The court ordered Subway concessionaires to pay nearly $1 million to workers

SAN FRANCISCO (AP) — A federal court has ordered the owners of 14 Subway locations north of San Francisco to pay employees nearly $1 million in damages and back wages — and also sell or close their businesses, with any proceeds from the sale going to the Justice Department. exhaustion.

Federal investigators said franchise owners John and Jessica Meza directed children as young as 14 to operate dangerous machinery, assigned work hours to minors that violated federal law, and failed to pay their employees regularly, including by issuing hundreds of bad checks and illegally withholding tips that Its owners left it. Client.

The Labor Department also accused Meza’s family of coercing employees in an attempt to prevent them from cooperating with its investigations, and that her colleague Hamza Ayesh played a role in those efforts, including threatening an employee who complained about receiving a bad check.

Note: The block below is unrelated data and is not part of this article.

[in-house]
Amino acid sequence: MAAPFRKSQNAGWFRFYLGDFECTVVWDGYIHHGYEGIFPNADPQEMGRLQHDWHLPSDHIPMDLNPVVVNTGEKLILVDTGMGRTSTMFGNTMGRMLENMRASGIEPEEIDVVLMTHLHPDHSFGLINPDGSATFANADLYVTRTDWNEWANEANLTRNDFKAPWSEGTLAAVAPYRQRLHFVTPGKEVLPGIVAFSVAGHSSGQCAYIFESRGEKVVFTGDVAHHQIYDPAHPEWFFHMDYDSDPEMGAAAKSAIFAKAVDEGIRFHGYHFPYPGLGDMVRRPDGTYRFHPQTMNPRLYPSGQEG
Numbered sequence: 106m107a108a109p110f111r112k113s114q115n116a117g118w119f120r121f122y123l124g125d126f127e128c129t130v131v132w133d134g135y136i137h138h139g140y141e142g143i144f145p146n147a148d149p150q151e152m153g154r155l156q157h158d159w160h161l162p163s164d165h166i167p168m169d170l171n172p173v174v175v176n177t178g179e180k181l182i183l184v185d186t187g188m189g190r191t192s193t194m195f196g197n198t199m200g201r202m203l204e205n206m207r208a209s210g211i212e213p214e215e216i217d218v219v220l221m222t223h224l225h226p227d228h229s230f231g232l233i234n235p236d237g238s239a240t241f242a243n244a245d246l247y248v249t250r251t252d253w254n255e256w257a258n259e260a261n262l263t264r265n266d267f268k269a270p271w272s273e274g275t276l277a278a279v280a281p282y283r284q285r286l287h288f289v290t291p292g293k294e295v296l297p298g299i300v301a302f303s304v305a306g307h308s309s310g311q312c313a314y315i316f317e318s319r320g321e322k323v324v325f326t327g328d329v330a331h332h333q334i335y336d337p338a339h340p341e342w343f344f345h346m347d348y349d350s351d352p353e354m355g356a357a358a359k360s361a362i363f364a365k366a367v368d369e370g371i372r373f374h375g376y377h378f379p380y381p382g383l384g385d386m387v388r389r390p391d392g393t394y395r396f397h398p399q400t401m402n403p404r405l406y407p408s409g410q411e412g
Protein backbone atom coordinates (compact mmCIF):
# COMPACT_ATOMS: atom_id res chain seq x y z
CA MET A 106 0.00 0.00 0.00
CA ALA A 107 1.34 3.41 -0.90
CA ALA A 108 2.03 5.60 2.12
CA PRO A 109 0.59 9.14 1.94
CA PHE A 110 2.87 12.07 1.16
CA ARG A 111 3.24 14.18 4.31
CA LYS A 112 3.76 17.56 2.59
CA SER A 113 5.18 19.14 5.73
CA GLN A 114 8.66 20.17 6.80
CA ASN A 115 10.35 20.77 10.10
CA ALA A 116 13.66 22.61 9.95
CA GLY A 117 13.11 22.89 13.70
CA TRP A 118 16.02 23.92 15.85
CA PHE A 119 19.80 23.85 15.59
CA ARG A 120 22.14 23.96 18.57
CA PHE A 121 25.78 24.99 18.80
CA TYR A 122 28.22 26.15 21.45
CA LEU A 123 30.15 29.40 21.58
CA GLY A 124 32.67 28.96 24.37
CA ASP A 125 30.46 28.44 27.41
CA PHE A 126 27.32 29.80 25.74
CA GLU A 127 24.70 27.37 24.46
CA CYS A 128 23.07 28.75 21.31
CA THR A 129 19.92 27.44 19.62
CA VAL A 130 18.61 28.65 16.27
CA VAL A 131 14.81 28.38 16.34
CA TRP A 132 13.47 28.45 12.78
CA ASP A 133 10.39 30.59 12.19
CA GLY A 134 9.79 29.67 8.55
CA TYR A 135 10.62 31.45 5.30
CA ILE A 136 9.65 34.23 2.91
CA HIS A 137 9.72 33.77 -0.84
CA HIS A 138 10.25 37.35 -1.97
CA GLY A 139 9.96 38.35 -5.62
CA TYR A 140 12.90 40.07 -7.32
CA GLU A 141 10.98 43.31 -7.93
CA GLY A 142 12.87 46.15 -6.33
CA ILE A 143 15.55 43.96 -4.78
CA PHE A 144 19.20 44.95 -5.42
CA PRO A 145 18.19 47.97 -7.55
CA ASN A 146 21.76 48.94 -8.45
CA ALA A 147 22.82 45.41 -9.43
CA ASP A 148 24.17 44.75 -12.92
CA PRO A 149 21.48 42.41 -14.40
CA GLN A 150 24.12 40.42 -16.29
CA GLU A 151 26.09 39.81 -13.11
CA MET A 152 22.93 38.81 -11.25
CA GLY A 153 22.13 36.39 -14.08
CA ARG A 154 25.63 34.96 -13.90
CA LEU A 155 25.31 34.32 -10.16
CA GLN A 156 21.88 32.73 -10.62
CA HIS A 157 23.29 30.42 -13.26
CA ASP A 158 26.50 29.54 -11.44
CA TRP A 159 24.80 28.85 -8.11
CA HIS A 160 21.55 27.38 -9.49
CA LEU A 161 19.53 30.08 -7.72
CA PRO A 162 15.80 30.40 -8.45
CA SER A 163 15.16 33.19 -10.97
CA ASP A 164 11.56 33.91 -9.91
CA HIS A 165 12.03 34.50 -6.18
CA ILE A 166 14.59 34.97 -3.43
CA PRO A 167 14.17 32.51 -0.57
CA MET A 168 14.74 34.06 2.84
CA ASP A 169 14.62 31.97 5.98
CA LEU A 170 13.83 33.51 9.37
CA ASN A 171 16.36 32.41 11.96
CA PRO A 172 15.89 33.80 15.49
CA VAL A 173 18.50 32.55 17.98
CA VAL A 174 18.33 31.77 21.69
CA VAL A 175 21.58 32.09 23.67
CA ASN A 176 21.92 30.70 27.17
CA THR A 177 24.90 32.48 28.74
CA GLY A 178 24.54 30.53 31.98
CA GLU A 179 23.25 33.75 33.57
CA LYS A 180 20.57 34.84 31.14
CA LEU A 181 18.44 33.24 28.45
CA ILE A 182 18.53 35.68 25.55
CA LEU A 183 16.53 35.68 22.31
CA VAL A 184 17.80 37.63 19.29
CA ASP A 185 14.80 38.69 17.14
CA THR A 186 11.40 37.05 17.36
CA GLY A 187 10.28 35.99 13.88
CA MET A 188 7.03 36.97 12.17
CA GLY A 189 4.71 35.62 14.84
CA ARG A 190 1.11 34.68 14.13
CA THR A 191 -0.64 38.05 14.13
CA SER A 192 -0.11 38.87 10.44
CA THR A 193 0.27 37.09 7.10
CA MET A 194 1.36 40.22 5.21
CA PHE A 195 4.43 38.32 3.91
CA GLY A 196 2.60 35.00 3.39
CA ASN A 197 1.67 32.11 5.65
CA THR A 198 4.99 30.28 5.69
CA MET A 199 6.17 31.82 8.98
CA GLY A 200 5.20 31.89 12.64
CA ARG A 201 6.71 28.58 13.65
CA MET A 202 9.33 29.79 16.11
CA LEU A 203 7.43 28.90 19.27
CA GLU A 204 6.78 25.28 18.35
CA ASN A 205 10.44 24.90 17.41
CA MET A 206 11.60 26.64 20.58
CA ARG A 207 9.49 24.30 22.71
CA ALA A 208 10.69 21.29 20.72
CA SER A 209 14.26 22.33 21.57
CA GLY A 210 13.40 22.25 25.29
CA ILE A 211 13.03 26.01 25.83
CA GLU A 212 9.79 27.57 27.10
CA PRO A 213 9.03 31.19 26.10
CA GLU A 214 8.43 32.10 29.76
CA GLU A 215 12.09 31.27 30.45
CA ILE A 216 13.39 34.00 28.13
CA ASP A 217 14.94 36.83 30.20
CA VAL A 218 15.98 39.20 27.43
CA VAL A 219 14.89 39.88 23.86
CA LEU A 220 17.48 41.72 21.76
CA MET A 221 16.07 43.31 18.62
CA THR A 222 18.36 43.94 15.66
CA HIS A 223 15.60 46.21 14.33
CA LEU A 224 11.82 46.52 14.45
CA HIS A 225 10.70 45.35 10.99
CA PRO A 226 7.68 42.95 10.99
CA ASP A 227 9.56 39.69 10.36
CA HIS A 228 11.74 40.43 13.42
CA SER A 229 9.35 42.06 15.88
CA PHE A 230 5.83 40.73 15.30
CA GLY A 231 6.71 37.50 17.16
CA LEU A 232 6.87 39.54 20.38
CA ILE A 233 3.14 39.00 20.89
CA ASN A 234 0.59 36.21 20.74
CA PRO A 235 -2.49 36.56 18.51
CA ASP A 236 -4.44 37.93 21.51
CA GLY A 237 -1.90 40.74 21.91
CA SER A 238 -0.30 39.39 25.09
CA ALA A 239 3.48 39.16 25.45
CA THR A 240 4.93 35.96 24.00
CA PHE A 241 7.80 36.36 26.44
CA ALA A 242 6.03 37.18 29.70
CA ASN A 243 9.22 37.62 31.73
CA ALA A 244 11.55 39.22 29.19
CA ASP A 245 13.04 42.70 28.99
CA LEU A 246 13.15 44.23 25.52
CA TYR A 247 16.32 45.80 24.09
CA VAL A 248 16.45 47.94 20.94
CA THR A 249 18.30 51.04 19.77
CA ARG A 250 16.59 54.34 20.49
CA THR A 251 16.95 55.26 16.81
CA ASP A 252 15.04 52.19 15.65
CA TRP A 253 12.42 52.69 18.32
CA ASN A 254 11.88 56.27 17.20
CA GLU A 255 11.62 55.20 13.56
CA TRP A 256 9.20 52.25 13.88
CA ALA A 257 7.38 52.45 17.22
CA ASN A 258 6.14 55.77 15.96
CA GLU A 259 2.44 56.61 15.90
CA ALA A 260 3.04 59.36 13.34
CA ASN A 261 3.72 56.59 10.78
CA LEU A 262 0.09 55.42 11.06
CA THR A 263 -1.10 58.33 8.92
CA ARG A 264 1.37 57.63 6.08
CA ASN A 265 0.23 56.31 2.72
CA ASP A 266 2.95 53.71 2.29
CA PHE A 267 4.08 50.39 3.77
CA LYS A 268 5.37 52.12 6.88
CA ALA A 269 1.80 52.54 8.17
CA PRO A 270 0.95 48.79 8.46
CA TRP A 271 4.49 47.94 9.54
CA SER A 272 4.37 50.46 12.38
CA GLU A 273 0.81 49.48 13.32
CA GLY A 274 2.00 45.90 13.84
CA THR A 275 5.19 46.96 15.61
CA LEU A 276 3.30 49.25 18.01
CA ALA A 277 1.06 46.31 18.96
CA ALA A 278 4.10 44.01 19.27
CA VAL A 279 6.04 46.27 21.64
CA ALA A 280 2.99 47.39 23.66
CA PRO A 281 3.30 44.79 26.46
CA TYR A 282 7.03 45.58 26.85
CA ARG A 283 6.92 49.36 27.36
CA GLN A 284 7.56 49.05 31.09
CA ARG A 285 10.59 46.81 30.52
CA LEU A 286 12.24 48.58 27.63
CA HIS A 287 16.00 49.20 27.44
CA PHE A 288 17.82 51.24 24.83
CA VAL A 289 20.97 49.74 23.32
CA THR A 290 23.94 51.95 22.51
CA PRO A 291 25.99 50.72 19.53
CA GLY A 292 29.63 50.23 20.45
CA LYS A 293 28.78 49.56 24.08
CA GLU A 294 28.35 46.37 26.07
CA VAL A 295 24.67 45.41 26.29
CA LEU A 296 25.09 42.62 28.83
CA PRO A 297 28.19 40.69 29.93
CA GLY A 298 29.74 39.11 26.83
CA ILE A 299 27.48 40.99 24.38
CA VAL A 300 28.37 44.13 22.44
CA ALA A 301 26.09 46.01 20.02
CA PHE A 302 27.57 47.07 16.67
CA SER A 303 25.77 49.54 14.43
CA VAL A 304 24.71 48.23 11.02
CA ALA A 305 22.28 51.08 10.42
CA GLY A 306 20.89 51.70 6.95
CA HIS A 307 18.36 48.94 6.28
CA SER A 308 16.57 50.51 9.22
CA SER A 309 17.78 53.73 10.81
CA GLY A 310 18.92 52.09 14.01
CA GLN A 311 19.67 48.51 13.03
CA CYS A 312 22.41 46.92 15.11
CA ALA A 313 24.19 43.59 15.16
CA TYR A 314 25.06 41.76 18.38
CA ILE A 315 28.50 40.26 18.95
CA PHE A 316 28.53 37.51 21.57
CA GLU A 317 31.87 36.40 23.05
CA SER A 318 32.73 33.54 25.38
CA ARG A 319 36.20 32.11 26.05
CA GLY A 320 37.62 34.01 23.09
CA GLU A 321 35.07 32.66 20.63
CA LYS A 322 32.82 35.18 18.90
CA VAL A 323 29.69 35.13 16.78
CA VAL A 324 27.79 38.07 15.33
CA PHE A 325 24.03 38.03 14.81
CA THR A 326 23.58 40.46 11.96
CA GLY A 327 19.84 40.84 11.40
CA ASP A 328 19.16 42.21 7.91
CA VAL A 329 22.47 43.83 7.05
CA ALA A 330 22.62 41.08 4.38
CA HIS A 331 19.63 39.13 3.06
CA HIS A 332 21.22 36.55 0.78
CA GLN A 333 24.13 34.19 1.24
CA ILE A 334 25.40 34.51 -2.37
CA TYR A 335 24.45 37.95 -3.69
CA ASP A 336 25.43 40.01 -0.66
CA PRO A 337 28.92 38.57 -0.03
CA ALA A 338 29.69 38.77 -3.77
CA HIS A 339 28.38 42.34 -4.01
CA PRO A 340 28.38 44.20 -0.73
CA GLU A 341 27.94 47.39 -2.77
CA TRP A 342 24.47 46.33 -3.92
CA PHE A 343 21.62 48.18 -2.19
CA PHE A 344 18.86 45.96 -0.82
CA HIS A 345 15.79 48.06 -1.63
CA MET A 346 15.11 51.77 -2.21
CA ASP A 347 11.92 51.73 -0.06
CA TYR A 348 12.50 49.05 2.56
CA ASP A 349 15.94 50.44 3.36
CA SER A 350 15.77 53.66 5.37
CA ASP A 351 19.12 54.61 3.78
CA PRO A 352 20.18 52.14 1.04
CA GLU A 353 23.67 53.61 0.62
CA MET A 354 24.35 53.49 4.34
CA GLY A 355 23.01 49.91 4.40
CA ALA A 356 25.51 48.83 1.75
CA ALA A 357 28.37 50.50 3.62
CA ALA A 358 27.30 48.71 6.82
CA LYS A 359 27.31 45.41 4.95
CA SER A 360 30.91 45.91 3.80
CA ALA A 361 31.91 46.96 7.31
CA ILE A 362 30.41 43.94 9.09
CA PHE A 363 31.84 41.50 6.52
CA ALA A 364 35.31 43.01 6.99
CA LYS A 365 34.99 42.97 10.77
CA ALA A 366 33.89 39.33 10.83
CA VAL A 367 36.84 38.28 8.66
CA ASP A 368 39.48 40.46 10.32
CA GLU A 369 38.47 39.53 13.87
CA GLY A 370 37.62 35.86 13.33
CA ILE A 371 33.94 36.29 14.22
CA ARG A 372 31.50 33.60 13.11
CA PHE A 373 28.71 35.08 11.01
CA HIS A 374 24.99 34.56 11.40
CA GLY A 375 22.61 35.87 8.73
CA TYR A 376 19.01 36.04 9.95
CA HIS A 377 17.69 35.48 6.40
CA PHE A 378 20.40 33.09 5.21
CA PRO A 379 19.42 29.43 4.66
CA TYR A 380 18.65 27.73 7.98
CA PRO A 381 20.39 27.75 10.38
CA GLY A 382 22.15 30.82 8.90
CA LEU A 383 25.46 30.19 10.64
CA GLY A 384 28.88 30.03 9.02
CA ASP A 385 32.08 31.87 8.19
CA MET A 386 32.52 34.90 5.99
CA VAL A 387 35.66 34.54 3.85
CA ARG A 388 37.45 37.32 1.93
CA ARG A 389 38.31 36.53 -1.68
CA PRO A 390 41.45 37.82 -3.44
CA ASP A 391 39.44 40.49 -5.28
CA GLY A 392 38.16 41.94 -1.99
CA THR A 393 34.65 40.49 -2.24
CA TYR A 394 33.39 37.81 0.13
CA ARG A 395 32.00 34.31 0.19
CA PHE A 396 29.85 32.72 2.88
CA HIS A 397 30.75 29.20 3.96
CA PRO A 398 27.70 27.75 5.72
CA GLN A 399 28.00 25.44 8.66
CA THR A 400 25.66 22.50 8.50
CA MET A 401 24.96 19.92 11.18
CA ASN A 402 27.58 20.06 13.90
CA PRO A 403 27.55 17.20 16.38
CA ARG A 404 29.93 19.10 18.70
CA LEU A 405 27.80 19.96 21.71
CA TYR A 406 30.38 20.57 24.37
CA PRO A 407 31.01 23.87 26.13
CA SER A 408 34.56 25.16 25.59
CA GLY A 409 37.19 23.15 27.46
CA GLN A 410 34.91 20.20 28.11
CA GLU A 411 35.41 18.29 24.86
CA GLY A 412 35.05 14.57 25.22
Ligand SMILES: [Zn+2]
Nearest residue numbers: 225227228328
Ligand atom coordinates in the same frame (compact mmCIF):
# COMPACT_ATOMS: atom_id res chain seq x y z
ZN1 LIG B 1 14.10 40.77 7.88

The Meza family did not admit to threatening or coercing employees, according to their lawyer Arkady Aytkin, who added that they admitted to issuing bad checks and violating some business standards. He added that Ayesh did not admit to threatening an employee, but agreed to settle what Aitken called a “he-said, she-said situation” to put an end to it.

Itkin added that the Mezas are people of modest means and are unlikely to be able to pay the amount agreed upon in the court order. “The settlement agreement might make it seem like they’re only going to get $1 million,” he said. “It won’t happen.”

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